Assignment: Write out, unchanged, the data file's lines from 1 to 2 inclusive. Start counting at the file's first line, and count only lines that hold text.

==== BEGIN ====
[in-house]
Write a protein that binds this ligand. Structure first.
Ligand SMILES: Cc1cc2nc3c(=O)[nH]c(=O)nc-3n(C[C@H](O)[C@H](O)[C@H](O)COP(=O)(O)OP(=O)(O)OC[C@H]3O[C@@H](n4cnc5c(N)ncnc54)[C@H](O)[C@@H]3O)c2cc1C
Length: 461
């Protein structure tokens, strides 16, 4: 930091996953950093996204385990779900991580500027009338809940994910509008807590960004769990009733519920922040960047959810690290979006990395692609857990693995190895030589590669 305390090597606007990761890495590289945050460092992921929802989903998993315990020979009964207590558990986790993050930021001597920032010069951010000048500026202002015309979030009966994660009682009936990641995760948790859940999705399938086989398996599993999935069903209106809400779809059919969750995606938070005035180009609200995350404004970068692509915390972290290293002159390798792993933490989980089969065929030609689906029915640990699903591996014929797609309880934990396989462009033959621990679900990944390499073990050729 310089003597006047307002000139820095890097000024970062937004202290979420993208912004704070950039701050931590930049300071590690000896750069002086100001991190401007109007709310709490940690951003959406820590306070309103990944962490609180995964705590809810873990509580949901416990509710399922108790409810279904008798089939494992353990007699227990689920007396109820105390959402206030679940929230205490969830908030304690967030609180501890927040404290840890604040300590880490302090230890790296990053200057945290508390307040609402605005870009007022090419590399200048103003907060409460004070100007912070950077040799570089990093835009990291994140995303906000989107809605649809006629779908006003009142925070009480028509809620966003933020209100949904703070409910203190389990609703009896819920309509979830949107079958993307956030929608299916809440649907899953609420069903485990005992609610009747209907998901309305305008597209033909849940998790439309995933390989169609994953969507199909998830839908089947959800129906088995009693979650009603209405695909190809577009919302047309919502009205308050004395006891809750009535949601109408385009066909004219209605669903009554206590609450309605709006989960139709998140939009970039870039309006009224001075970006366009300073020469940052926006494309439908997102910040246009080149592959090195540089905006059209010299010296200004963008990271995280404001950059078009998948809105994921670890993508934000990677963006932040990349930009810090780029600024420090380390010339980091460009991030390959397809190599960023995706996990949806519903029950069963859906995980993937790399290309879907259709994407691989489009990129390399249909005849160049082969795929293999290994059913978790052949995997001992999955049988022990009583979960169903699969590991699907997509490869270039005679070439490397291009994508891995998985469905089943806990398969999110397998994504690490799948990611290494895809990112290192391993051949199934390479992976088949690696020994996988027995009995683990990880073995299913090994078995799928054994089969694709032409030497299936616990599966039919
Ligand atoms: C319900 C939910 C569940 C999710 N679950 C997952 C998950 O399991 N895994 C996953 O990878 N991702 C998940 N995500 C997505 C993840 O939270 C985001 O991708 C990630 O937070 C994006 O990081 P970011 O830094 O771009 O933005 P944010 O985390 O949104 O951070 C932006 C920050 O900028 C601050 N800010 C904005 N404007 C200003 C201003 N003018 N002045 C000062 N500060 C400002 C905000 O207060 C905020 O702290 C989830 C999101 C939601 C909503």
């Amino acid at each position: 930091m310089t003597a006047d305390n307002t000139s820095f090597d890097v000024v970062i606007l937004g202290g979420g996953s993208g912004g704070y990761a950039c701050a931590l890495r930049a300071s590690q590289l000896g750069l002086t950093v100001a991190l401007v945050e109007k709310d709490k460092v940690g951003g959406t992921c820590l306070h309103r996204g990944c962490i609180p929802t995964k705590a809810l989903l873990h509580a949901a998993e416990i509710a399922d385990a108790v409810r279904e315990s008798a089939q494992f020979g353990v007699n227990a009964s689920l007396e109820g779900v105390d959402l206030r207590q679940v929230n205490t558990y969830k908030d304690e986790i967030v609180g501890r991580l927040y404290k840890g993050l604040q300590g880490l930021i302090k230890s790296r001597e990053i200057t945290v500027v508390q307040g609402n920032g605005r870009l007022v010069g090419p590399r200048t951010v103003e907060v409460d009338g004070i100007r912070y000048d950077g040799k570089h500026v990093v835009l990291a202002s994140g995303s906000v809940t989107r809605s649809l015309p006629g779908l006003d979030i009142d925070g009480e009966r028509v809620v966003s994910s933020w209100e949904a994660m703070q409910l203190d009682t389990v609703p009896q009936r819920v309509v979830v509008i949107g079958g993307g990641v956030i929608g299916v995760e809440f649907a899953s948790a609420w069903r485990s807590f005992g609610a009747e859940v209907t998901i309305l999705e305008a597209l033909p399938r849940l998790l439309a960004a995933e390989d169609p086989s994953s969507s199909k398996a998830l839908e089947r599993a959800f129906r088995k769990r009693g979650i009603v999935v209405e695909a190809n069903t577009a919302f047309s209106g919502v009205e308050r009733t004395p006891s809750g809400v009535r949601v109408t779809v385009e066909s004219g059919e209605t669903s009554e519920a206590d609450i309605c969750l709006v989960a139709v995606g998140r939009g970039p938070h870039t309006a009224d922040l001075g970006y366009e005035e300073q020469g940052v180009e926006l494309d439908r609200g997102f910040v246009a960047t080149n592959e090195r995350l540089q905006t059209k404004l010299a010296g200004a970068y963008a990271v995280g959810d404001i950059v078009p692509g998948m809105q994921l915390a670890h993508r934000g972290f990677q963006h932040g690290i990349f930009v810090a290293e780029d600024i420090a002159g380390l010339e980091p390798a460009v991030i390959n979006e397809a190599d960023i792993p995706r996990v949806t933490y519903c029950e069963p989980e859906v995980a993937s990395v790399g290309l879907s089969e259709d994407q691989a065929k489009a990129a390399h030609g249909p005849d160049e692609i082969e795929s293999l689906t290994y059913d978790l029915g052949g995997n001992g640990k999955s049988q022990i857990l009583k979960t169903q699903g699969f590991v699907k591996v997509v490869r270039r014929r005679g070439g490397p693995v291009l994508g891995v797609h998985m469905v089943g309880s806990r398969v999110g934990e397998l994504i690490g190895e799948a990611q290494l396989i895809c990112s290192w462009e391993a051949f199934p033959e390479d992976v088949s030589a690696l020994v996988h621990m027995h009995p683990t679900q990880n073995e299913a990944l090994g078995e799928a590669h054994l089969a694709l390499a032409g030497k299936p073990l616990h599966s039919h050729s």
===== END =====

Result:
[in-house]
Write a protein that binds this ligand. Structure first.